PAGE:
The Six Moments of Hard Reduction, a novel educational intervention to train clinicians on the risks associated with injection drug use, may help decrease the risk for drug use-associated infections commonly associated with morbidity and mortality in people who inject drugs (PWID). These findings were published in Open Forum Infectious Diseases.
This educational intervention was based on the Five Moments for Hand Hygiene model created by the World Health Organization (WHO). Given the success of the Five Moments model, the Six Moments intervention also focused on specific ‘at risk’ moments during the injection process, which could allow for successful intervention to decrease the risk for infection transmission.
The following table includes the Six Moments of Harm Reduction:
|1. Contaminated needle (prior to filling)||HIV; HBV, HCV, HDV||· New needle for each injection· Use 1 needle per person· HBV vaccination· HIV PrEP|
|2. Contaminated water/acid||Candida; other mycoses||· Use sterile water· Single-use sachet of citric or ascorbic acid|
|3. Contaminated cooker||HIV; HBV, HCV, HDV||· Use 1 clean cooker per person· HBV vaccination· HIV PrEP|
|4. Contaminated filter||Endotoxin from Gram-negative bacilli (cotton fever)||· Use sterile single-use cotton filter· Use 1 cotton per person|
|5. Contaminated skin||MRSA; skin flora||· Wash hands and injection site|
|6. Contaminated needle (after filling)||Streptococcus; oral flora||· Avoid contact with mouth and other surfaces· Use of sharps bin|
|Abbreviations: HBV, hepatitis B virus; HCV, hepatitis C virus; HDV, hepatitis D virus; MRSA, methicillin-resistant Staphyloccocus aureus; PrEP, pre-exposure prophylaxis.|
To determine the effectiveness of the Six Moments training, participants were asked to complete pre- and post-training surveys that assessed knowledge related to harm reduction and injection-associated infections, comfort in counseling PWID, and whether they had previously referred a patient to a syringe service program. Participants were employed at more than 10 centers in the US and comprised interns and residents (26.6%), mid-level practitioners (14.6%), attending physicians (9.3%), medical students (5.3%), and other (44.0%).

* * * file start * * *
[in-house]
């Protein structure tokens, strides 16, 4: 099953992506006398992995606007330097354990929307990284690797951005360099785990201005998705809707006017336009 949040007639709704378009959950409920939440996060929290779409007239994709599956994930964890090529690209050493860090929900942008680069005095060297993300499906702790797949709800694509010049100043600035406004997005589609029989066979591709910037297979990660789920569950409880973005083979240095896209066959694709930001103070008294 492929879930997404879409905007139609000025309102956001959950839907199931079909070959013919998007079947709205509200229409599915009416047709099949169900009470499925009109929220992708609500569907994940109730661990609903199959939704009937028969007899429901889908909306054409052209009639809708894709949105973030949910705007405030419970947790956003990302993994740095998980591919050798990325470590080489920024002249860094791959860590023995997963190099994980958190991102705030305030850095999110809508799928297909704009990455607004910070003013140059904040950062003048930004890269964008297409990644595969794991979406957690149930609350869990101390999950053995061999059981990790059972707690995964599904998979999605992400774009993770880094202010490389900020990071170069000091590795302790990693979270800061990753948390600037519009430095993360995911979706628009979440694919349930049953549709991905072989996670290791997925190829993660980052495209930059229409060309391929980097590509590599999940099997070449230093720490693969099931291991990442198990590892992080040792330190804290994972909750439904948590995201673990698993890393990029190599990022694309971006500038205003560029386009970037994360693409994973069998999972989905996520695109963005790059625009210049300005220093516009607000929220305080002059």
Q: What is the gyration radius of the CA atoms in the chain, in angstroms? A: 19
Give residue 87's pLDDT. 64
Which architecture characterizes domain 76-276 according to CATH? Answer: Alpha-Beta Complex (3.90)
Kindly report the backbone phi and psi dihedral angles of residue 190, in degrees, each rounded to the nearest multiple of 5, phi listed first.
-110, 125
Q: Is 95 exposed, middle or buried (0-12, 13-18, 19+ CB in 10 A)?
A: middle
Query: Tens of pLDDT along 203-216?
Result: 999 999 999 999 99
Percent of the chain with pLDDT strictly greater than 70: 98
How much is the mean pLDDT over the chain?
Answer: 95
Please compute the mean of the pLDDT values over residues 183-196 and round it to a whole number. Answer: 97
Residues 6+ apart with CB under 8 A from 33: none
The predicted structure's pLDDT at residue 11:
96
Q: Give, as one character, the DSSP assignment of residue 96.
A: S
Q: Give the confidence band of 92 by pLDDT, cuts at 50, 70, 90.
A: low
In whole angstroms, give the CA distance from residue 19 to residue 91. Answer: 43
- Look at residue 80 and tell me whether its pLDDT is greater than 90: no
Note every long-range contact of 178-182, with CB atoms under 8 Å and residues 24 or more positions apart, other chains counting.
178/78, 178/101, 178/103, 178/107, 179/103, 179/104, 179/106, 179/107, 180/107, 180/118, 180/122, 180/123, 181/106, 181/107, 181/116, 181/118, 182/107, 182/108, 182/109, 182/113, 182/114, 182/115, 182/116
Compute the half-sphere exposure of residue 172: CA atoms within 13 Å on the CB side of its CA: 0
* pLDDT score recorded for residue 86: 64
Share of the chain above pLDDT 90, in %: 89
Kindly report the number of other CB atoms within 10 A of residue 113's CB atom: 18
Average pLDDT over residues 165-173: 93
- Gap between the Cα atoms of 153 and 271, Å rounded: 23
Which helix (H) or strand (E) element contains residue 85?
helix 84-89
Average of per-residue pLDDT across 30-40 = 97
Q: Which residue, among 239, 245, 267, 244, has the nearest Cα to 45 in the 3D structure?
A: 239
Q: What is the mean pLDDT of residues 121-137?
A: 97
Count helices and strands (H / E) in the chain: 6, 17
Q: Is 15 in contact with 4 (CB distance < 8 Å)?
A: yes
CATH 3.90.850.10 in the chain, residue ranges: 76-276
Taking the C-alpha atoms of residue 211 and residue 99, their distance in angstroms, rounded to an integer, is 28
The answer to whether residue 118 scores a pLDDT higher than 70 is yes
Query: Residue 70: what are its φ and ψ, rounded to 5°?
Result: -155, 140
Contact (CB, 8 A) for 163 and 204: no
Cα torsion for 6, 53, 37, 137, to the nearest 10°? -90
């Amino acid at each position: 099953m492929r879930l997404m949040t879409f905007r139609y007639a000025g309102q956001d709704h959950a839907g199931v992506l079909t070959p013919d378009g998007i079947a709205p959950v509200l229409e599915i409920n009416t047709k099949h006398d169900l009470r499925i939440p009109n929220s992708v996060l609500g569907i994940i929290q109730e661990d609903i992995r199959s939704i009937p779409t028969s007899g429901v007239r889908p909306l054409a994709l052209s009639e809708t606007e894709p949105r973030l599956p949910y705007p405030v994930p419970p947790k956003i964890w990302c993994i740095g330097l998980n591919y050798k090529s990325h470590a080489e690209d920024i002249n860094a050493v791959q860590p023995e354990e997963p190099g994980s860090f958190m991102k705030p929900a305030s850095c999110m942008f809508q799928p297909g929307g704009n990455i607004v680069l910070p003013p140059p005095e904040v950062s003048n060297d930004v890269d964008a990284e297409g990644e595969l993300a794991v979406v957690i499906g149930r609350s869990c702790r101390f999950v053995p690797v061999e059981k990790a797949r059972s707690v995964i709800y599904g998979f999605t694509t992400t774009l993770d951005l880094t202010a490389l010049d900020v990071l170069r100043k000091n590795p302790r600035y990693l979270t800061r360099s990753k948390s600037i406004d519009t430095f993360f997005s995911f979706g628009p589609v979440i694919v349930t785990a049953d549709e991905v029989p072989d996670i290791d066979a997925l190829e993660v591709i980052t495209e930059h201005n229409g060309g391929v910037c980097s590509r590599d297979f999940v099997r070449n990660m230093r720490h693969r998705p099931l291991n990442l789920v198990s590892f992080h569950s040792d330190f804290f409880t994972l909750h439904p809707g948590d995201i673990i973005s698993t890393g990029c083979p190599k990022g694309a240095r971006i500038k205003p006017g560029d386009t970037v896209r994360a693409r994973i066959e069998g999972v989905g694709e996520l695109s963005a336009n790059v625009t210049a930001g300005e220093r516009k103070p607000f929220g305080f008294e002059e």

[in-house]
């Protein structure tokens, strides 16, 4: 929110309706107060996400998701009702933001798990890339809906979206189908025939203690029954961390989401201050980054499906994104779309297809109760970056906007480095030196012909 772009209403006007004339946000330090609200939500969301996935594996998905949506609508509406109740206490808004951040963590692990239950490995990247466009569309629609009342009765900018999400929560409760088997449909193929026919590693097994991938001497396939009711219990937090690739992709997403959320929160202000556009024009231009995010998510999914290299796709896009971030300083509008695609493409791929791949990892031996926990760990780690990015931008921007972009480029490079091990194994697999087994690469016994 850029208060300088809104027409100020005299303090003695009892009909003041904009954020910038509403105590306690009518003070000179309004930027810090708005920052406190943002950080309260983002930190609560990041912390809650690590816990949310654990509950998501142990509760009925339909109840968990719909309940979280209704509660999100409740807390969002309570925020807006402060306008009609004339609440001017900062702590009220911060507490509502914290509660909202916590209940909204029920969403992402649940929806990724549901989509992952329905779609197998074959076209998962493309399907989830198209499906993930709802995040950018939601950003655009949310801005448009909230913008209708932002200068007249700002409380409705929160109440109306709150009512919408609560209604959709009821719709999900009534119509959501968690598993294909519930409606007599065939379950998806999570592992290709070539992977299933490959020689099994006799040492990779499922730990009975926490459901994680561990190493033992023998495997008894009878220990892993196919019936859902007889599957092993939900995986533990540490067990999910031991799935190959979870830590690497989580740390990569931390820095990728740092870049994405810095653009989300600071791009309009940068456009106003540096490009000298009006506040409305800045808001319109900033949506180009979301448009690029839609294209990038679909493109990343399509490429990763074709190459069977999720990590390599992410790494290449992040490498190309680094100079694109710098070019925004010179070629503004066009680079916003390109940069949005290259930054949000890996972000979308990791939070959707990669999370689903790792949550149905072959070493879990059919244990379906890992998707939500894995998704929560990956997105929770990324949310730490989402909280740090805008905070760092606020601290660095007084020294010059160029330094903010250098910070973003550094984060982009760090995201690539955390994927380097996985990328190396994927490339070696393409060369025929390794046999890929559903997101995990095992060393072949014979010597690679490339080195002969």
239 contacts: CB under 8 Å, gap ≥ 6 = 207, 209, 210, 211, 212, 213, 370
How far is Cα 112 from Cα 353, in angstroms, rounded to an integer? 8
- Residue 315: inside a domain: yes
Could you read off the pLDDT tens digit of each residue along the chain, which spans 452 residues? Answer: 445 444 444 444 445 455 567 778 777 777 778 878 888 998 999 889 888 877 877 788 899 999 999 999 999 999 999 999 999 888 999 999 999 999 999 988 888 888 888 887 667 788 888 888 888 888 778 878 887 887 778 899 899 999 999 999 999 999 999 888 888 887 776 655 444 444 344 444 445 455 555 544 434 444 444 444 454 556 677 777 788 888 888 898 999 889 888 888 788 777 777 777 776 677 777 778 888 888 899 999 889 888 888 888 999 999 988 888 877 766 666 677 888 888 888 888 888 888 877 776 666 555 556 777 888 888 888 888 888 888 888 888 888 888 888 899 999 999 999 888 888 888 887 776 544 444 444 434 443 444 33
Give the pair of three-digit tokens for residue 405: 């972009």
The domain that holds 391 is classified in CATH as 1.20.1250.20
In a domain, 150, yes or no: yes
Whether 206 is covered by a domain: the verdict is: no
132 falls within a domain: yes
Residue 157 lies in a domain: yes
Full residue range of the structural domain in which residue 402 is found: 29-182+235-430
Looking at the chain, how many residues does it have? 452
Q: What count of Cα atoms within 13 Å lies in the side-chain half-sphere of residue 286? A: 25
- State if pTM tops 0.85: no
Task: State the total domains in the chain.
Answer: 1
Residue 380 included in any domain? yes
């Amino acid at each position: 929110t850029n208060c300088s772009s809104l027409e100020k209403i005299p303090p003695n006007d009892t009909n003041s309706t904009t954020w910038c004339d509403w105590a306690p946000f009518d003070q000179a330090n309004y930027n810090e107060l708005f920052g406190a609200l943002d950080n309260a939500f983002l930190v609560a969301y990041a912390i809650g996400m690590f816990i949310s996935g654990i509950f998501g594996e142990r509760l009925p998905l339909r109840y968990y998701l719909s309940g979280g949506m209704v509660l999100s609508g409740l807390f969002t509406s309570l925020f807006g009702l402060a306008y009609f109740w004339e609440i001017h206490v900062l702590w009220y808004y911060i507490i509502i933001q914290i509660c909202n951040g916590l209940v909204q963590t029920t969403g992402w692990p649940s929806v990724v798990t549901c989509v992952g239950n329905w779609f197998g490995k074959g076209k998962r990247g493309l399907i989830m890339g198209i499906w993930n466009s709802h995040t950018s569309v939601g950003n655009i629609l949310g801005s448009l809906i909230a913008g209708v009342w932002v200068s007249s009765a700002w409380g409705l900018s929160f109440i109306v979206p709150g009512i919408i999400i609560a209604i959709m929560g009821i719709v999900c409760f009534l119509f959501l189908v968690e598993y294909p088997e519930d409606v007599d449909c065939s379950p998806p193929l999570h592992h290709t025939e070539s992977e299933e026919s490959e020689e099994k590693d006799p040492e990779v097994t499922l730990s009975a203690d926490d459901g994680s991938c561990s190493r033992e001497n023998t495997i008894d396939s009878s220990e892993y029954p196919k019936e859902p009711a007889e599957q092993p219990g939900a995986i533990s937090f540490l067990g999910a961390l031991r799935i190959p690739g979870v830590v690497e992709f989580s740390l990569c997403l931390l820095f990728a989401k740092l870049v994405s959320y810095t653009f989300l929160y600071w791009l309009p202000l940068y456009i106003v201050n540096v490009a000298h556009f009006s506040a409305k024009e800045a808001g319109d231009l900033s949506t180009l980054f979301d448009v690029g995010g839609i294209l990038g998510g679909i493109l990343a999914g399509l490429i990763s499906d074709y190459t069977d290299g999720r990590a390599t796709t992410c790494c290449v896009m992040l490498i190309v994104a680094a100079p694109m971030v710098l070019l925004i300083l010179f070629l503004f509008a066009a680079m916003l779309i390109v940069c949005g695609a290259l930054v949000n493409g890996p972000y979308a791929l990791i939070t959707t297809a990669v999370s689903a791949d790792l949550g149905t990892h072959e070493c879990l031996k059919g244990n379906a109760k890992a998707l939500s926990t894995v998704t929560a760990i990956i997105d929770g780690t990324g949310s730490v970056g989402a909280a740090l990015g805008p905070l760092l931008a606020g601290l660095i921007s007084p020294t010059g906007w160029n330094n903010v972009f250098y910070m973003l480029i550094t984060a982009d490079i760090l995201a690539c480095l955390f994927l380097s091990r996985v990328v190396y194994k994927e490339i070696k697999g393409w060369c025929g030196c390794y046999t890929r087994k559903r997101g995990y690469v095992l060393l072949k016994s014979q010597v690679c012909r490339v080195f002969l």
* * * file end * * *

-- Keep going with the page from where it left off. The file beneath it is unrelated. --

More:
At baseline, 22.6% of participants had not received prior training about harm reduction and only 10.6% had attended 5 or more harm reduction training sessions.
The researchers noted that 80% of participants had never referred a patient to a syringe service program, with most (70%) indicating this was due to lack of knowledge about the locations of these programs.
The proportion of participants who reported they were comfortable with educating PWID about the risks for injection-associated infections increased significantly after completing the Six Moments training (P <.0001).
The proportion of participants who reported moderate to extensive knowledge about injection-associated infection risk increased from 46.6% to 96.0% after completing the Six Moments training. Similar results were observed in regard to knowledge scores, as participants’ scores increased from a median of 8.0 to 9.0 on a 10-point scale after completing the training (P <.05).
This study was limited as long-term changes in harm reduction knowledge were not assessed, and the findings may not be generalizable to other clinicians with less experience caring for PWID.
In regard to the Six Moments of Harm Reduction training, the researchers concluded that “this educational intervention can be used as part of a bundle of implementation strategies to improve morbidity and mortality in PWID.”
Disclosure: An author declared affiliations with industry. Please refer to the original article for a full list of disclosures.
Harvey L, Boudreau J, Sliwinski SK, et al. Six moments of infection prevention in injection drug use: An educational toolkit for clinicians. Open Forum Infect Dis. 2022;9(2):ofab631. doi:10.1093/ofid/ofab631
This article originally appeared on Infectious Disease Advisor